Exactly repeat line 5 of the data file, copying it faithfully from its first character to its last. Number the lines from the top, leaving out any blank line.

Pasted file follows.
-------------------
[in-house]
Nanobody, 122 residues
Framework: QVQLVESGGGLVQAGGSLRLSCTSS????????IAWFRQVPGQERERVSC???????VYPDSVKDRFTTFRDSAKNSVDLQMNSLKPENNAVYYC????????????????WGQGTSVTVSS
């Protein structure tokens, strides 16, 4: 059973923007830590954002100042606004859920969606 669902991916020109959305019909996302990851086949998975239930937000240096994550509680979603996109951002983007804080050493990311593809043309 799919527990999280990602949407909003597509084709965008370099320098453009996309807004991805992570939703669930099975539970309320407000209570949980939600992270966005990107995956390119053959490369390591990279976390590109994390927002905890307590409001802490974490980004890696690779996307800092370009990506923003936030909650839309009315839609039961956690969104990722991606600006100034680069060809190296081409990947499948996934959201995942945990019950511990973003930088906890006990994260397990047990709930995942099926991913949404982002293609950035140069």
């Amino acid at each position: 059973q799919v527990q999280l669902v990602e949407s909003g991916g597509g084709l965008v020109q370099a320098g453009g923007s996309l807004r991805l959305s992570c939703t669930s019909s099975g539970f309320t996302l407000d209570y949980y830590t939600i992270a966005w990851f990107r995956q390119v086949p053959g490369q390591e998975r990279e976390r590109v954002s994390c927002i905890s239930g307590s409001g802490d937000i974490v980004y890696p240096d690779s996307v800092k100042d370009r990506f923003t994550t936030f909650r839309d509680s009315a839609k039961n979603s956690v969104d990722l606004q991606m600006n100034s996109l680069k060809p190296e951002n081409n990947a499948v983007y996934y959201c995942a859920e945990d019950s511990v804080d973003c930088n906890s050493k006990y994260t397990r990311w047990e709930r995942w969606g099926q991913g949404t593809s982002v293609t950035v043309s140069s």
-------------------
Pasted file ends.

């Amino acid at each position: 059973q799919v527990q999280l669902v990602e949407s909003g991916g597509g084709l965008v020109q370099a320098g453009g923007s996309l807004r991805l959305s992570c939703t669930s019909s099975g539970f309320t996302l407000d209570y949980y830590t939600i992270a966005w990851f990107r995956q390119v086949p053959g490369q390591e998975r990279e976390r590109v954002s994390c927002i905890s239930g307590s409001g802490d937000i974490v980004y890696p240096d690779s996307v800092k100042d370009r990506f923003t994550t936030f909650r839309d509680s009315a839609k039961n979603s956690v969104d990722l606004q991606m600006n100034s996109l680069k060809p190296e951002n081409n990947a499948v983007y996934y959201c995942a859920e945990d019950s511990v804080d973003c930088n906890s050493k006990y994260t397990r990311w047990e709930r995942w969606g099926q991913g949404t593809s982002v293609t950035v043309s140069s």